December kiddings always seem like such a good idea in mid July when the breedings occur. I love winter babies, they grow well, the does have plenty of browse available up to the very last month of their gestation, milk is highly sought after during winter months when most folks dry up their does .... so many reasons for early winter babies. The downside is, of course, the cold.
We got extremely blessed with Biscuit due on a spring like day with 70 degree temperatures. My next cluster of does were Zia, Rea and Pink Tulip, pretty much in that order. Well, their due dates happened to span right through our cold snap with sub freezing temperatures at night.
Zia was due on Dec 9. That was the day of our boys' piano recital and while I was hoping she would go on her due date, I was also hoping this would not interfere with the time frame of the recital. Sunday has come and gone and still no babies, we enjoyed recital and seeing our friends and a nice evening at home ... the quiet before the storm so to speak.
Zia had been uddered up for days. I took this snap shot on Sunday, yet towards the night and the following morning the udder has doubled and ligaments were loose, signalling that labor was impending. There were contractions just still fairly sporadic as the day turned into night and the temps started dropping into the 20's with wind chill of 7 the weatherman said. Ouch !
An older doe with several kiddings under her belt can go into a fast progressing labor and night time can be dangerous for that reason if I left her unattended. We do our best to assist does in labor though most of them are able to deliver with no assistance at all, but in such low temperatures, it is the life of the kids that we fear for ... mainly hypothermia. Normal body temperature of a goat is approx. 102.5 so going from such warm conditions en utero into 20 degrees outside is pretty traumatic and without a way to provide warmth the babies would not survive.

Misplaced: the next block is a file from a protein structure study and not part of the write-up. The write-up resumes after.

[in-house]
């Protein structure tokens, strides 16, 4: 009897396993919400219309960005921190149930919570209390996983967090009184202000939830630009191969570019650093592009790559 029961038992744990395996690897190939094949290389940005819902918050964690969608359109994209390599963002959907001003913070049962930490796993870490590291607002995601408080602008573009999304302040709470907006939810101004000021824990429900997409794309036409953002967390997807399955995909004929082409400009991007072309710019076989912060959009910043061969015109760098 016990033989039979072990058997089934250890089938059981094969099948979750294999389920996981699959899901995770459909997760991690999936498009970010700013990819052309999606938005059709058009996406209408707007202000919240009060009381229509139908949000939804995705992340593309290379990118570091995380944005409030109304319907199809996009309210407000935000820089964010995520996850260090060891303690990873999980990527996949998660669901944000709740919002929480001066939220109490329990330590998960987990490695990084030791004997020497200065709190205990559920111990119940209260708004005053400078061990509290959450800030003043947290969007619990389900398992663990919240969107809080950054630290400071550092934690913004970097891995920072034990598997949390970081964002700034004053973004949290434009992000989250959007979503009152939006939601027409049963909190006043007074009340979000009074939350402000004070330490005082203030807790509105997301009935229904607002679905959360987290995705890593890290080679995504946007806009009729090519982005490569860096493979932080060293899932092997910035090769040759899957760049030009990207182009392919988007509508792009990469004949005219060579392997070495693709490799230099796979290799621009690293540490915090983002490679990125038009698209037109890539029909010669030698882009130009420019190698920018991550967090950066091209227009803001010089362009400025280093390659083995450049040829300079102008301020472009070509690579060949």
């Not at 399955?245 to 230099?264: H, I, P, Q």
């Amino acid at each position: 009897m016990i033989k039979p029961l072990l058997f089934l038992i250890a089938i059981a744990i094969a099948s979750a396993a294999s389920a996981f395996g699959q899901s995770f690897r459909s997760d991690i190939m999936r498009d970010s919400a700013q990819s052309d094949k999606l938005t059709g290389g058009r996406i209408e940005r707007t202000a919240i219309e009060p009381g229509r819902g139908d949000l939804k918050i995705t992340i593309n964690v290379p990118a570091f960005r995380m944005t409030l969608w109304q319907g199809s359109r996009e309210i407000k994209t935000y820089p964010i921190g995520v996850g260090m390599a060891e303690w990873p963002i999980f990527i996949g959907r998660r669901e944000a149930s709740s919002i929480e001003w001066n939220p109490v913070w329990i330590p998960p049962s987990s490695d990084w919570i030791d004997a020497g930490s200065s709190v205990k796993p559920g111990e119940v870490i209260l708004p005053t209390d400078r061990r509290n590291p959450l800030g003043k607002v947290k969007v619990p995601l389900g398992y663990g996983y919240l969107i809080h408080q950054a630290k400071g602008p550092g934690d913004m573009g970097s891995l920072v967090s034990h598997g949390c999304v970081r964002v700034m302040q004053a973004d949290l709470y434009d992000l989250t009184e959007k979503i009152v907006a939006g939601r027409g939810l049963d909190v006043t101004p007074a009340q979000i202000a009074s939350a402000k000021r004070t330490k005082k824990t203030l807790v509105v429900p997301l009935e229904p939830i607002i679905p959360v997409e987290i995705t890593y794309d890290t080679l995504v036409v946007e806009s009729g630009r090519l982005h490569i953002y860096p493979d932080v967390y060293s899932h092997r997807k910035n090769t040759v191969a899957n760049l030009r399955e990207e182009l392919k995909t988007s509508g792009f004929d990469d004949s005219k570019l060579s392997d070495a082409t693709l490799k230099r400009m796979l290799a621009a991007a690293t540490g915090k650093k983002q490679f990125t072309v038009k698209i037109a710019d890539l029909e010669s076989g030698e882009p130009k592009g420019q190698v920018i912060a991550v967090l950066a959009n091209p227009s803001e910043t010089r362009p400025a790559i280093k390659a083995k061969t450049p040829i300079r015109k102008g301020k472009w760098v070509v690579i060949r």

I stay up all night with a doe that is already in early stages of labor. With Zia and her signs being pretty much the same for the past two days I opted for 1 hour checks during the night trying to get some sleep in between. The winds were pretty fierce during the first half the night, she was restless and moving around, then past midnite decided to lie down and sleep. Made it safely through the night but the labor progressed some with the plug passing. I felt pretty confident we would be in business by morning, hoping my friend was correct encouraging me that babies will come after my morning coffee.
I was pretty tired after the night shift and my sweet children decided to take over, milking, doing chores, treating me to coffee and wonderful breakfast of bacon, eggs and biscuits - energy that would come very useful soon enough.
I did another check in the barn and noticed Pink Tulip (due date on Wednesday so still 3 days away) passed her plug as well and her ligaments were gone. I pulled her into the birthing stall with Zia excited that we may get two does through labor in day time with sun out and avoid another sleepless night.